Darius Janulevičius, who resigned as the Ignalina plant’s CEO in early January 2018, said that only around 1 percent of waste was found to have a higher radiation level during the hot tests in late 2017 and only a small part of casks used for transporting and storing that waste will need to be improved.
“This should definitely not (delay the closure process). This is a technical issue that arises while commissioning the facility and using radioactive waste to test how it operates. I don’t think this is a significant event that could delay the decommissioning process,” he told BNS.
According to the former CEO, the solid waste, a part of which was found to have a higher radiation level, continues to be safely stored in an interim facility built when the Ignalina plant was still in operation.
“This is making a mountain out of a molehill, because that waste with a higher radiation level, as far as I know, makes up about 1 percent of all waste. Most of the waste can be handled without problems, and only one percent requires adjusting the technological solution,” he said.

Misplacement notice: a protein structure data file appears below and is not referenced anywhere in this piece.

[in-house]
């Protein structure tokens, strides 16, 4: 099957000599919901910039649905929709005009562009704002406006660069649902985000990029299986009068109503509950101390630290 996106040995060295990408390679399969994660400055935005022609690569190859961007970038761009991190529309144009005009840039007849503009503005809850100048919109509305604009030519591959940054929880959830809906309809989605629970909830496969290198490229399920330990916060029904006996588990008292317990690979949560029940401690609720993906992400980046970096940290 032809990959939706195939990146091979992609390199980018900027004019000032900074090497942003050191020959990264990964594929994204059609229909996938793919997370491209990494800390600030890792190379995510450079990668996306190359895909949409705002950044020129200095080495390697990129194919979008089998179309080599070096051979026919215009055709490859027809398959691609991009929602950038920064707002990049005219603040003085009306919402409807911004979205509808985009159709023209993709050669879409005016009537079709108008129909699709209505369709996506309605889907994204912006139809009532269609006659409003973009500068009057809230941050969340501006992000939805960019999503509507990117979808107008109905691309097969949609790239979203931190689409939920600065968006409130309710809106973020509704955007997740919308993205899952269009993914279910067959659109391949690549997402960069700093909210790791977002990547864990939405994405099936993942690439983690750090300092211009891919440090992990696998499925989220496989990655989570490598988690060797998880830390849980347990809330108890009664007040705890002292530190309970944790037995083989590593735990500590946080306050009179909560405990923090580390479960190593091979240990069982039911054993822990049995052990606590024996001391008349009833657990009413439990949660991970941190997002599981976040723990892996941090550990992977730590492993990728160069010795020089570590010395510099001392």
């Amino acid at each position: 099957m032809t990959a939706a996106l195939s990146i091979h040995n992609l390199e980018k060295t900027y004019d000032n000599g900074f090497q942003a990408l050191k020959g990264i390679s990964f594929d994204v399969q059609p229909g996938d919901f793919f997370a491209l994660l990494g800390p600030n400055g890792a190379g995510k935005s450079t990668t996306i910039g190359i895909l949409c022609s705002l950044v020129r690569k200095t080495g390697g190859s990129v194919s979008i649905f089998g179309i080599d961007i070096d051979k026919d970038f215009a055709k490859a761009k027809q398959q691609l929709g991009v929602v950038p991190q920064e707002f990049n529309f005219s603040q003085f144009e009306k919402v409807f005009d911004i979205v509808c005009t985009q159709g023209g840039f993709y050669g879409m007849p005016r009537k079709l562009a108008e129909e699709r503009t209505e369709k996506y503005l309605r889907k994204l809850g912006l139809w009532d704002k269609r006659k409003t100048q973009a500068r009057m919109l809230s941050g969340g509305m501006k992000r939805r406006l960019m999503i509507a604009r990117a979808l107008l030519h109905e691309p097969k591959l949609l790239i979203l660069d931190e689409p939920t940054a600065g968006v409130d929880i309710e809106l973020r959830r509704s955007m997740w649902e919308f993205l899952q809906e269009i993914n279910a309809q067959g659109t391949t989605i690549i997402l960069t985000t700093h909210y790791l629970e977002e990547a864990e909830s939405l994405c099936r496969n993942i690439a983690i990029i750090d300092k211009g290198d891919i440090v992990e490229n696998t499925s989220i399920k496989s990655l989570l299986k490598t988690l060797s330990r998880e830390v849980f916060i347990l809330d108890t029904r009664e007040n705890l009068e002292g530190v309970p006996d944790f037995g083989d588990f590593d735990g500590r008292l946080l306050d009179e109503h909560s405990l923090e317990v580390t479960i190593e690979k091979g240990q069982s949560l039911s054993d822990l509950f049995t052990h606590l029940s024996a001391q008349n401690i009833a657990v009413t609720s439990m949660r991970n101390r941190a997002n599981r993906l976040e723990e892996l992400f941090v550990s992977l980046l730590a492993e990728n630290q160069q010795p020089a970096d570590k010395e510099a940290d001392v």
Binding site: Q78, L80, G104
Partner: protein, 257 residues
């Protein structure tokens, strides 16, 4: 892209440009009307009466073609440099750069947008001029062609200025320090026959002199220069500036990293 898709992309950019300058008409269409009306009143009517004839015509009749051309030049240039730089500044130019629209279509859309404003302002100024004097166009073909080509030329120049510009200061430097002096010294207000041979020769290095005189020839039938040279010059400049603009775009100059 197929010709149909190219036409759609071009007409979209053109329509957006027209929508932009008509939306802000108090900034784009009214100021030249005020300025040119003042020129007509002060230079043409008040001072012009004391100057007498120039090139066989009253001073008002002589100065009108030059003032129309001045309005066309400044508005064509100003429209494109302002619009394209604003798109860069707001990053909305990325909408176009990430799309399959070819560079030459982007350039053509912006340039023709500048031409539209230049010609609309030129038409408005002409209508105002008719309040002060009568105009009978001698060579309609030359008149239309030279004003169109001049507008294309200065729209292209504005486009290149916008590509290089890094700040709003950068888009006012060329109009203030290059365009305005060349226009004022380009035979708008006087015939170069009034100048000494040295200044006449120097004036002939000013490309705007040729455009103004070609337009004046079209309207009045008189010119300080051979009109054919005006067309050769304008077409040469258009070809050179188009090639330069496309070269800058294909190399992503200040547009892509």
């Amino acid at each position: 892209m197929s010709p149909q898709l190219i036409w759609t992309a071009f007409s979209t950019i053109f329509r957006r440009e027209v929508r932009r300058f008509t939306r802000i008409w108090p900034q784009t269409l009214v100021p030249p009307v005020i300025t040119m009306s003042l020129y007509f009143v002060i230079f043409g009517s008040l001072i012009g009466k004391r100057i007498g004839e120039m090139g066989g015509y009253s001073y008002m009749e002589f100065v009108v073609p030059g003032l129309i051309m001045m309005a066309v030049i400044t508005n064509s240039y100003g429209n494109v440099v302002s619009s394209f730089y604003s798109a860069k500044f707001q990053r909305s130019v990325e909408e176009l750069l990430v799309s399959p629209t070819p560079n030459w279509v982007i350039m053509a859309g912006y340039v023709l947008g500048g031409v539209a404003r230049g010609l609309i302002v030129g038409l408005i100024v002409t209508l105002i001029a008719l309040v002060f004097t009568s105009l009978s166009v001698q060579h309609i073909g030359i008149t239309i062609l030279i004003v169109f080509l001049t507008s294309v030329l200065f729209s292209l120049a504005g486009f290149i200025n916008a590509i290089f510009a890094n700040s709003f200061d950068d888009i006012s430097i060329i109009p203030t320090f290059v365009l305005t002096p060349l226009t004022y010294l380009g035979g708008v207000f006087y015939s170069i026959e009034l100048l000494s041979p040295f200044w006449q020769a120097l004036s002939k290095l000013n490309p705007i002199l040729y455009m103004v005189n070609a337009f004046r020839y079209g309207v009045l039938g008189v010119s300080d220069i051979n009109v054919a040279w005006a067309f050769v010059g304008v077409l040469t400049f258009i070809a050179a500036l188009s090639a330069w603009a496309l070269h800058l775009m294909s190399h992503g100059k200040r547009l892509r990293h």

According to Janulevičius, the casks meet the technical design requirements, but information on the radioactivity level of waste was rather old.
“Now that a higher radiation level has been established, the contractor and the customer are looking for an appropriate technological solution. These casks may need additional protection during their transportation and storage, but this is not something that cannot be solved,” he said.
The Lithuanian State Nuclear Power Safety Inspectorate (VATESI) last October gave the green light to the INPP to start hot-testing its radioactive waste sorting and storage complex. This involved sorting radioactive waste to test the equipment.
The new storage facility, worth almost 200 million euros, was built by Nukem Technologies, a German company controlled by Russia’s nuclear energy giant Rosatom, and the casks were manufactured by Germany’s GNS.
With the Nukem-GNS consortium and Lithuania arguing over the quality of the casks, international donors in December 2012 froze funding for the storage facility project, but resumed it in July 2013.
The Ignalina plant, Nukem and GNS in November 2015 signed a supplement to the facility construction contract, waiving all mutual claims.
The Ignalina plant, which was the first in the world to close Soviet-built RBMK-type reactors that are considered unsafe by the West, is to be fully decommissioned by 2038.
In line with its pre-accession commitments to the European Union, Lithuania shut down the first unit of the Soviet-era facility in late 2004 and closed the second unit at the end of 2009.